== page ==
All of us are telling the same stories

That was one of Pearl Cleage’s comments from our March 24 One Playwright symposium; in the midst of a wide-ranging conversation with Ron OJ Parson, broken by performances of scenes from her plays, Pearl was asked about her tendency as an artist to write about the African-American experience, and how that affects her work and her audiences. Although she’s widely known as an writer of African-American books and plays, and although she comes from a personal background that’s intimately connected to the Civil Rights movement, and although her works explore the political and social realities of being black in America, she seemed to shrug off the idea that her stories aren’t accessible to white audiences (or any other kinds of audiences).

These are the stories she tells, she explained, because these are the stories she knows. They’re the stories that play out in the streets outside her window, and in the community she sees around her. And despite the appearance that they’re exclusively African-American stories, it’s the detail and honesty and specificity of her characters and their environment that make them universal stories. Human stories.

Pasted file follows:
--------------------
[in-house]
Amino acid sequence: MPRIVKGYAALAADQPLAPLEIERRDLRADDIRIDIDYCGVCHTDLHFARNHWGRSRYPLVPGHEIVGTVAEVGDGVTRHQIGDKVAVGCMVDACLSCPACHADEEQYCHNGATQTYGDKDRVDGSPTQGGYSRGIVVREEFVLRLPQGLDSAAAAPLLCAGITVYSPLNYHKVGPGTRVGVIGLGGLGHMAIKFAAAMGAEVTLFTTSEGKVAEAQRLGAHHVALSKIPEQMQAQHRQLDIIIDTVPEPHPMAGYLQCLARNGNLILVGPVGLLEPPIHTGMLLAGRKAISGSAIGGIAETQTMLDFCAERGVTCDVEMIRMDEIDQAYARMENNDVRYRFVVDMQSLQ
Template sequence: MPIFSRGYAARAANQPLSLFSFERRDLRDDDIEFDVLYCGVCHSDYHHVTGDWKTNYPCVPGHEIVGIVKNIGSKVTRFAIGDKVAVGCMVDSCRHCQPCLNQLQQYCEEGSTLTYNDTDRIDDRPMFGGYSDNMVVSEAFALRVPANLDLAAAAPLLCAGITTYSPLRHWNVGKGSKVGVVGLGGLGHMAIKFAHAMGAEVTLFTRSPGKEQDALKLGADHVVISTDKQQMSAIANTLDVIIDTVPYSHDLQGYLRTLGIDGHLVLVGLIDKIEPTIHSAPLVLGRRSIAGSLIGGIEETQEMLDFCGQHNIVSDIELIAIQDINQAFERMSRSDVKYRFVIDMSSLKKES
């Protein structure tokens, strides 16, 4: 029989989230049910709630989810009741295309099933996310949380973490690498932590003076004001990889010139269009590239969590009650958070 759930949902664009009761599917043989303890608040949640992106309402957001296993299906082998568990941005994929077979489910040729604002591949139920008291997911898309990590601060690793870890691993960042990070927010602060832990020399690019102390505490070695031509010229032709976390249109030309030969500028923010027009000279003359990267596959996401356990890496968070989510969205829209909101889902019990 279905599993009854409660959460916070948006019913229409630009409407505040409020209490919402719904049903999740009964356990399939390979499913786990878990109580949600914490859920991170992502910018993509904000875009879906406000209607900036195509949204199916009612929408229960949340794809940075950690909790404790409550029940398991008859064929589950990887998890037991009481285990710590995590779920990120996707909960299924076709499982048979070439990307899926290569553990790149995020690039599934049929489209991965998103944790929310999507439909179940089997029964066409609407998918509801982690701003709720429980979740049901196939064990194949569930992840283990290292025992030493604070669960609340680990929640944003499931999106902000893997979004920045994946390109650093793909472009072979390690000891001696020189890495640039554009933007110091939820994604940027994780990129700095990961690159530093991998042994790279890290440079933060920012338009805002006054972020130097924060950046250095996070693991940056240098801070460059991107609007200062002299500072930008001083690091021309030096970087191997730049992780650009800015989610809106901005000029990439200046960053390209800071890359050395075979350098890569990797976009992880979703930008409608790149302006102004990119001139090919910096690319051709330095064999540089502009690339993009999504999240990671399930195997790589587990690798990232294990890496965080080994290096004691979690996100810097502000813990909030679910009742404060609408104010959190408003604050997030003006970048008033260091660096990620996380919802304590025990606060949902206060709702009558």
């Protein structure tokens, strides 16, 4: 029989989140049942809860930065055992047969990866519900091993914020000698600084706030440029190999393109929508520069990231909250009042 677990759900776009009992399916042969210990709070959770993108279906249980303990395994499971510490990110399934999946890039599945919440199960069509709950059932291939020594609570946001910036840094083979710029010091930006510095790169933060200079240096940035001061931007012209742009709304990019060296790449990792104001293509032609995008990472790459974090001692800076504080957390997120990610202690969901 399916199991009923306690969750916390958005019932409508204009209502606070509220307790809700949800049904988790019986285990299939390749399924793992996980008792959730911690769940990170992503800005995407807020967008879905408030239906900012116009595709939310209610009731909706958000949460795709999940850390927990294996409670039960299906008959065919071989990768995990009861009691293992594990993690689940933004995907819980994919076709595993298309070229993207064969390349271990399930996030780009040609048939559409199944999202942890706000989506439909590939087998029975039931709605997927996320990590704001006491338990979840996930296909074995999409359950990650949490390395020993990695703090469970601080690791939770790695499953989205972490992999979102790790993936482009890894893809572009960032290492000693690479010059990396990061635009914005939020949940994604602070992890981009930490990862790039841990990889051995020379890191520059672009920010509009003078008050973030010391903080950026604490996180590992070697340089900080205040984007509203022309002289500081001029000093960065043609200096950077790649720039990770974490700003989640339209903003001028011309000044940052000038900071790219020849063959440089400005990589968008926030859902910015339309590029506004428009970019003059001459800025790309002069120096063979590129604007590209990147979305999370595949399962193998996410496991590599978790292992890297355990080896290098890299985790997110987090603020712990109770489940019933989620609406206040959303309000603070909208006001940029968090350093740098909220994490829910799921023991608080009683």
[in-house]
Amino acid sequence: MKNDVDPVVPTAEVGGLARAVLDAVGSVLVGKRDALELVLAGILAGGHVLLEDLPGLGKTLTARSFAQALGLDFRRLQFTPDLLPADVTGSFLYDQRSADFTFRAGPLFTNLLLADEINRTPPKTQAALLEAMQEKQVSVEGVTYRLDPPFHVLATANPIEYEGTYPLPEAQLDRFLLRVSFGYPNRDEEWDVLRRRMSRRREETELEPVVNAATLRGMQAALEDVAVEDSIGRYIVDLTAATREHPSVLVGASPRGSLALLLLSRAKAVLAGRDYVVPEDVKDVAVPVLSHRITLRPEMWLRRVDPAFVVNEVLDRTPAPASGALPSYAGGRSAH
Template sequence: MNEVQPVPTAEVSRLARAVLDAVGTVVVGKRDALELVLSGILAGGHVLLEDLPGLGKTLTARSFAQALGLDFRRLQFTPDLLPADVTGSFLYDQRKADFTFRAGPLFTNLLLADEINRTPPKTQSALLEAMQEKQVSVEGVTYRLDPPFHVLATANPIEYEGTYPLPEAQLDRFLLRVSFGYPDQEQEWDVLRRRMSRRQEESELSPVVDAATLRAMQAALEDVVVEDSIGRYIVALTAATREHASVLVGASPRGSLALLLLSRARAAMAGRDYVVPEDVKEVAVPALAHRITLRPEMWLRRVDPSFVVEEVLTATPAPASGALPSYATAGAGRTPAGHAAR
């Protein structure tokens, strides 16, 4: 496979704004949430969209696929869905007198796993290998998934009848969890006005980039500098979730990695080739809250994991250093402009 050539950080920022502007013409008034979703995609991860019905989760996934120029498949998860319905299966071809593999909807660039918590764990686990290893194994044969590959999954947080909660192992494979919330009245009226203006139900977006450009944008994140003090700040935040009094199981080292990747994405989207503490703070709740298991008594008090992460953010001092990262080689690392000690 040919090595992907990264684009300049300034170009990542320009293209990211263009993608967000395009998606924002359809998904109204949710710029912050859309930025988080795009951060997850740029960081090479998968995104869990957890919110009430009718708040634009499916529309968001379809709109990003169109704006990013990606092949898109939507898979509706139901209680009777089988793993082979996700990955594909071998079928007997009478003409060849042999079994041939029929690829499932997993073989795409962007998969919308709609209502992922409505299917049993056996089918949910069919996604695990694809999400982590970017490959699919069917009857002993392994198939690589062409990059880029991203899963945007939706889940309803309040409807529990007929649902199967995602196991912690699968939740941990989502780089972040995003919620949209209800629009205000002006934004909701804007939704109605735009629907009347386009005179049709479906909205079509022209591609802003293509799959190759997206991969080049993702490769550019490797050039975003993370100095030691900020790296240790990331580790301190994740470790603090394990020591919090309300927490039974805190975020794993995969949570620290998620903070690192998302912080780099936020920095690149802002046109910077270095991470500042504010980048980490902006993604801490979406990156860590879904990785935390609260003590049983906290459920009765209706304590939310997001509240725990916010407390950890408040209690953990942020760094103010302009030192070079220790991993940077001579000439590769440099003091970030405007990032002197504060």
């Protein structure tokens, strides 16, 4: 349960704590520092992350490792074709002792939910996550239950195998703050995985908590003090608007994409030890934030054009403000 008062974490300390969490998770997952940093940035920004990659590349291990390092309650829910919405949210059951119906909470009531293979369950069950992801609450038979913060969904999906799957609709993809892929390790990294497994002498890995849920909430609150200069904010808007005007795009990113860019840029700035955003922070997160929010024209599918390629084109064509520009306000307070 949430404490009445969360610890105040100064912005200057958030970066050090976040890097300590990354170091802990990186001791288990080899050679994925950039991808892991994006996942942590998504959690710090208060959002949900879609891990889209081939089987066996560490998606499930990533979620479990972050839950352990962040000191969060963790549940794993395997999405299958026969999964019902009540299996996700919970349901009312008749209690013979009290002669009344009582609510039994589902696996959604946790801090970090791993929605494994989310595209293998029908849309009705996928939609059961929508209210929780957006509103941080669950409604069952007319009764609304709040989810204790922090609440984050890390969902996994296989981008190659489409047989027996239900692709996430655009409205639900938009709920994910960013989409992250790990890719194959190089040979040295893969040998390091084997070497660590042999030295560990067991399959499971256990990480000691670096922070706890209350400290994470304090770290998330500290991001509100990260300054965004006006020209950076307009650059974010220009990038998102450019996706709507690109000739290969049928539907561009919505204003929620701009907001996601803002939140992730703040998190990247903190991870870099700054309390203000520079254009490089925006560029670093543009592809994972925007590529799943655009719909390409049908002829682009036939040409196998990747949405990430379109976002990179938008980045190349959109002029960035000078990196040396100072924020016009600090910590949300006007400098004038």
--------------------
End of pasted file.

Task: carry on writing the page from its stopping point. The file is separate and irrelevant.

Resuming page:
“All of us are telling the same stories,” she said – stories about finding a safe place, falling in love, talking to your mother … characters in a play are always specific people, with their own specific skin color, family, background, ambitions, dreams, weaknesses, faults, etc. – but at the heart of every story (every good story, anyway, and certainly all of Pearl’s) there are characters who want something or fear something or believe something that we can all relate to.

This is what attracted me to her works in the first place, and it was wonderful to hear her articulate my personal response to her plays in such a simple way.

It was one of those moments that remind me of the amazing opportunity that we have by spending an entire season with a single playwright – instead of dropping in to visit with Pearl Cleage, we get to take our shoes off, lean back in our chairs, and spend a whole year enjoying her talent and exploring her stories. Because they’re our stories too.

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